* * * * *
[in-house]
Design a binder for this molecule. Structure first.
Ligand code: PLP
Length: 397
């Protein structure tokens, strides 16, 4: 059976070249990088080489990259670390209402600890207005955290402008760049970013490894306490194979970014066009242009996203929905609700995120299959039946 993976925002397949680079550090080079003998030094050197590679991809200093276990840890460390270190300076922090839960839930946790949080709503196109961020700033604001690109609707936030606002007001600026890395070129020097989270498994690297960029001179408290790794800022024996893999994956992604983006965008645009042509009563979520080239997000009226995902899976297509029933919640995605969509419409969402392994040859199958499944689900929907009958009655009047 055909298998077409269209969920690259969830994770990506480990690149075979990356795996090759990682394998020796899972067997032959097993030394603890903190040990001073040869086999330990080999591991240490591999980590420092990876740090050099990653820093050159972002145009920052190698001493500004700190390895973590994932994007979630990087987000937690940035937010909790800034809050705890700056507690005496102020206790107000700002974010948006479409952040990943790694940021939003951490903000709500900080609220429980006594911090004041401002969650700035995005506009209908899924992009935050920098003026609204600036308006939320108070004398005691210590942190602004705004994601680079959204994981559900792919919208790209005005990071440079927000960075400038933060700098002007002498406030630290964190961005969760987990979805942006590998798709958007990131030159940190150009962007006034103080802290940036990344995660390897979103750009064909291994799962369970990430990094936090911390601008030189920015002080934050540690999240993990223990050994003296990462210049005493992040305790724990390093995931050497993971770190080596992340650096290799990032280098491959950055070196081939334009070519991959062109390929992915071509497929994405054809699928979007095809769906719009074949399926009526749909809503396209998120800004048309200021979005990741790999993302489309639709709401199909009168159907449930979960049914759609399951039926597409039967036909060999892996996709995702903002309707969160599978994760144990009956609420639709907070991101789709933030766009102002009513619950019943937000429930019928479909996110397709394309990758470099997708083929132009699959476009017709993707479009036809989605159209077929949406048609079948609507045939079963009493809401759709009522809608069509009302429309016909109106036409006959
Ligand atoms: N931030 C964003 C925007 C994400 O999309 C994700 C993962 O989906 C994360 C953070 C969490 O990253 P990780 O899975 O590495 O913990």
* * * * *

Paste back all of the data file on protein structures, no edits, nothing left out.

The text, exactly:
[in-house]
Design a binder for this molecule. Structure first.
Ligand code: PLP
Length: 397
């Protein structure tokens, strides 16, 4: 059976070249990088080489990259670390209402600890207005955290402008760049970013490894306490194979970014066009242009996203929905609700995120299959039946 993976925002397949680079550090080079003998030094050197590679991809200093276990840890460390270190300076922090839960839930946790949080709503196109961020700033604001690109609707936030606002007001600026890395070129020097989270498994690297960029001179408290790794800022024996893999994956992604983006965008645009042509009563979520080239997000009226995902899976297509029933919640995605969509419409969402392994040859199958499944689900929907009958009655009047 055909298998077409269209969920690259969830994770990506480990690149075979990356795996090759990682394998020796899972067997032959097993030394603890903190040990001073040869086999330990080999591991240490591999980590420092990876740090050099990653820093050159972002145009920052190698001493500004700190390895973590994932994007979630990087987000937690940035937010909790800034809050705890700056507690005496102020206790107000700002974010948006479409952040990943790694940021939003951490903000709500900080609220429980006594911090004041401002969650700035995005506009209908899924992009935050920098003026609204600036308006939320108070004398005691210590942190602004705004994601680079959204994981559900792919919208790209005005990071440079927000960075400038933060700098002007002498406030630290964190961005969760987990979805942006590998798709958007990131030159940190150009962007006034103080802290940036990344995660390897979103750009064909291994799962369970990430990094936090911390601008030189920015002080934050540690999240993990223990050994003296990462210049005493992040305790724990390093995931050497993971770190080596992340650096290799990032280098491959950055070196081939334009070519991959062109390929992915071509497929994405054809699928979007095809769906719009074949399926009526749909809503396209998120800004048309200021979005990741790999993302489309639709709401199909009168159907449930979960049914759609399951039926597409039967036909060999892996996709995702903002309707969160599978994760144990009956609420639709907070991101789709933030766009102002009513619950019943937000429930019928479909996110397709394309990758470099997708083929132009699959476009017709993707479009036809989605159209077929949406048609079948609507045939079963009493809401759709009522809608069509009302429309016909109106036409006959
Ligand atoms: N931030 C964003 C925007 C994400 O999309 C994700 C993962 O989906 C994360 C953070 C969490 O990253 P990780 O899975 O590495 O913990």